One of the advantages of debit and credit cards when you travel overseas is their ease of use. No more having to go to the bank and get travelers checks, something I found inconvenient to use and carry around. The local currency is so much easier – and debit cards give you an easy way to get just the amount you need. Before you travel overseas there are some things you should do.
First check with your debit and credit card providers to see what kind of fees will apply in foreign countries. These fees can take the form of a transaction and/or a currency conversion fee and can be either a flat fee or a percentage of the amount charged. If the fee is more than a couple of percent and you expect to make extensive use of your cards, you may want to shop around for one of the newer offerings that have no or low foreign transaction fees.
Debit cards are a convenient and inexpensive way to get the local currency. I have a debit card connected to my bank account, and the foreign transaction fee is only 1%. For the convenience afforded, 1% was fair to my way of thinking. Unless you are in a remote area, ATM machines are generally readily available, particularly in big cities. Therefore there is no need to get more than a few days’ cash needs at a time. Look for machines connected to banks. Many charge no transaction fee, whereas some of the independents charge fees that I would consider excessive. Stay away from getting cash at airport currency conversion kiosks and the hotel front desk, which also may have excessive charges for the conversion.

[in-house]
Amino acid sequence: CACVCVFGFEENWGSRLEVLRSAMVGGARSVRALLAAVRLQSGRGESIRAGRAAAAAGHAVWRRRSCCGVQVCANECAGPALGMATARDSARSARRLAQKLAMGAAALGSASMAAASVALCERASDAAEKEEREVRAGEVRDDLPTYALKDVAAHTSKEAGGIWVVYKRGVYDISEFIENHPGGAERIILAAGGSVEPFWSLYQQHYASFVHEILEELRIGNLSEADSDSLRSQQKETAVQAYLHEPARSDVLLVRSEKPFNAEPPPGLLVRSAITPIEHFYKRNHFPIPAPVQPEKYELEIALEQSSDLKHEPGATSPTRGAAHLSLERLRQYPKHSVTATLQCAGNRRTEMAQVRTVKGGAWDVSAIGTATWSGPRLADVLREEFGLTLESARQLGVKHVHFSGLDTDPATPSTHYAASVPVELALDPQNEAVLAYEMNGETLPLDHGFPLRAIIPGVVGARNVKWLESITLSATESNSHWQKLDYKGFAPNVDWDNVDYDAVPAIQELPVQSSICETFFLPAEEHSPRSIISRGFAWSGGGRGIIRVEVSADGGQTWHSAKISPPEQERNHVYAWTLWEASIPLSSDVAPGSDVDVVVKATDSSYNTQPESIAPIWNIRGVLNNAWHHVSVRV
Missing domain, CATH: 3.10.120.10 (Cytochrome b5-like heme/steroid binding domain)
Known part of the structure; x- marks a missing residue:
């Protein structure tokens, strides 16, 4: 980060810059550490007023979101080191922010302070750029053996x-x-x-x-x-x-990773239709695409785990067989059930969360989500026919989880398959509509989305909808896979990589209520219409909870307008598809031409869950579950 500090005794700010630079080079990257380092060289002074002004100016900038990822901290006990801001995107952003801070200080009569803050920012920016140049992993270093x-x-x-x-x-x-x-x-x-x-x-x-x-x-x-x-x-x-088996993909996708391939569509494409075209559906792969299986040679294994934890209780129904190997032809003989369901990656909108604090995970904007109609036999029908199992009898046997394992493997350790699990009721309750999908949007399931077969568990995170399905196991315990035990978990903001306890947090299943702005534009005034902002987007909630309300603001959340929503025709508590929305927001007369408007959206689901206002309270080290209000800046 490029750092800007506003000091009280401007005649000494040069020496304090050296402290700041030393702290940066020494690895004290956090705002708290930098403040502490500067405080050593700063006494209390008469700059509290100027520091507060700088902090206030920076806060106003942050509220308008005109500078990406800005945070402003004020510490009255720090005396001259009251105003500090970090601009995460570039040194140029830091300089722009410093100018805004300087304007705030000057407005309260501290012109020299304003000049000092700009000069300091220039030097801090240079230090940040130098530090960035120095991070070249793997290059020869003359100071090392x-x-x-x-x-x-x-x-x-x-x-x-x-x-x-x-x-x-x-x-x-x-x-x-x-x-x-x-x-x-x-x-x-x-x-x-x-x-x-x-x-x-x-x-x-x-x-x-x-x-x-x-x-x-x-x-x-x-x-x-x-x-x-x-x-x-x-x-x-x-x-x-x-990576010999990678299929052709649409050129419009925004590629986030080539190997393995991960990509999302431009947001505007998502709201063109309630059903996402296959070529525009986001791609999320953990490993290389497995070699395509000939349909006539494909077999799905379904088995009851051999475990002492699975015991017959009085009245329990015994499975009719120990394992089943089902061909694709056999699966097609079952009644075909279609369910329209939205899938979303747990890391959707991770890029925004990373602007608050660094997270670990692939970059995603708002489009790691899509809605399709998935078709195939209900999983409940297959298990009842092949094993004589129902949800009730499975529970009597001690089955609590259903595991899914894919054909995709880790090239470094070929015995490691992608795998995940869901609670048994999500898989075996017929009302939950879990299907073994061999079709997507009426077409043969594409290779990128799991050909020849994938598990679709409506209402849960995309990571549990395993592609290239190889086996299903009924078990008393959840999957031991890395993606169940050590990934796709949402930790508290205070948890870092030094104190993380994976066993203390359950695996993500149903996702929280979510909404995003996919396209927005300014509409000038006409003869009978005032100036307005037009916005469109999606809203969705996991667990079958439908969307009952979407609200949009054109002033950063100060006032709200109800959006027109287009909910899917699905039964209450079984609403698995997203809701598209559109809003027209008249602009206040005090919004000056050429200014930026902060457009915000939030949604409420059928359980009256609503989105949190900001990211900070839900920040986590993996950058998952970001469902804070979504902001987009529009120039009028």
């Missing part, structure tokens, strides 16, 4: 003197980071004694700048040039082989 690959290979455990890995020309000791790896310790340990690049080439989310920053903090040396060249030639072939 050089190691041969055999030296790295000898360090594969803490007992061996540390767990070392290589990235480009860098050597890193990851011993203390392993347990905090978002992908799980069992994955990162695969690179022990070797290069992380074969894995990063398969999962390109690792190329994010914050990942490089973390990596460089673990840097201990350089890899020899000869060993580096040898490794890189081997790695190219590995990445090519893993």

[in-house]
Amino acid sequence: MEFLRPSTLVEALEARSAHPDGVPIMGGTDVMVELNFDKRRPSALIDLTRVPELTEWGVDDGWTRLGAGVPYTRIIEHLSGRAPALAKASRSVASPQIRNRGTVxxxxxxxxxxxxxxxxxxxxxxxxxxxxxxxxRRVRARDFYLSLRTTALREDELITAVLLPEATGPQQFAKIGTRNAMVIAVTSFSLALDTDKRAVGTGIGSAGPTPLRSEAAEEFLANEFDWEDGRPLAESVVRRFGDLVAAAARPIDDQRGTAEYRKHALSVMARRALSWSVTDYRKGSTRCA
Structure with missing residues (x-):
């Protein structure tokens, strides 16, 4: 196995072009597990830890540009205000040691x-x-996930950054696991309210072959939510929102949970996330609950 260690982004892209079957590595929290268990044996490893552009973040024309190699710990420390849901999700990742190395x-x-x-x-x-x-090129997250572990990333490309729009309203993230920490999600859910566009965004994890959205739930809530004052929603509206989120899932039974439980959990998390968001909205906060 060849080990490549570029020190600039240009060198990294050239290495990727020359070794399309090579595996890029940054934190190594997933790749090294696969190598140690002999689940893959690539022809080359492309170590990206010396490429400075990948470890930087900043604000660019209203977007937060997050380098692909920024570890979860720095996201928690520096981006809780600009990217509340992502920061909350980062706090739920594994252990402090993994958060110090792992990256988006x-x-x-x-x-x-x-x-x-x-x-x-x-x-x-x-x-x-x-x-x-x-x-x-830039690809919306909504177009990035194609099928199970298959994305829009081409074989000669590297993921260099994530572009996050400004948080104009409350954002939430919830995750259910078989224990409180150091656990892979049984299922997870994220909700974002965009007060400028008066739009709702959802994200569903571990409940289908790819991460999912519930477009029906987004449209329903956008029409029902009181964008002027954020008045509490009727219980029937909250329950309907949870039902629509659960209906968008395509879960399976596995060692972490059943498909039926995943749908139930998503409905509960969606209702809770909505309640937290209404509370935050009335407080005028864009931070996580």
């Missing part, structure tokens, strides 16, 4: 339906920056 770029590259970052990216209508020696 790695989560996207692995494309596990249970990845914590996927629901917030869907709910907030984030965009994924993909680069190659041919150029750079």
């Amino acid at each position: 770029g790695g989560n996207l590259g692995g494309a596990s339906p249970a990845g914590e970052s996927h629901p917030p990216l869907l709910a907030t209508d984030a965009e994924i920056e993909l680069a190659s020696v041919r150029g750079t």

Credit cards are widely accepted in most places tourists go. One of my credit cards connected to a frequent flier program charged a 3% foreign transaction fee. The one mile I received for every dollar spent did little to offset that 3%. However, I have another card that charged 2.7% for foreign transactions but has a rewards component. For restaurant dining there is a 2% credit, so the net cost was only 0.7%. It pays to review the options on the different cards you have to find the most economical alternative.
Be aware that some countries in Europe are going to smart cards with an embedded chip technology called “chip and PIN,” rather than cards with magnetic strips that are still prevalent in the U.S. When making a credit card transaction, you enter your PIN rather than signing. Most merchants and restaurants can still process U.S. cards the old-fashioned way and have you sign. However, you may encounter problems at self-service kiosks such as in train and subway stations. If credit card readers are set up to only accept the new technology, your credit card will not work. If the card reader accepts both technologies, you will still have to enter your PIN. Most people do not know their PIN for their credit card, so before you travel to Europe, it would be good to contact your credit card provider to get your assigned PIN.
What tips do you have about making payments while traveling abroad?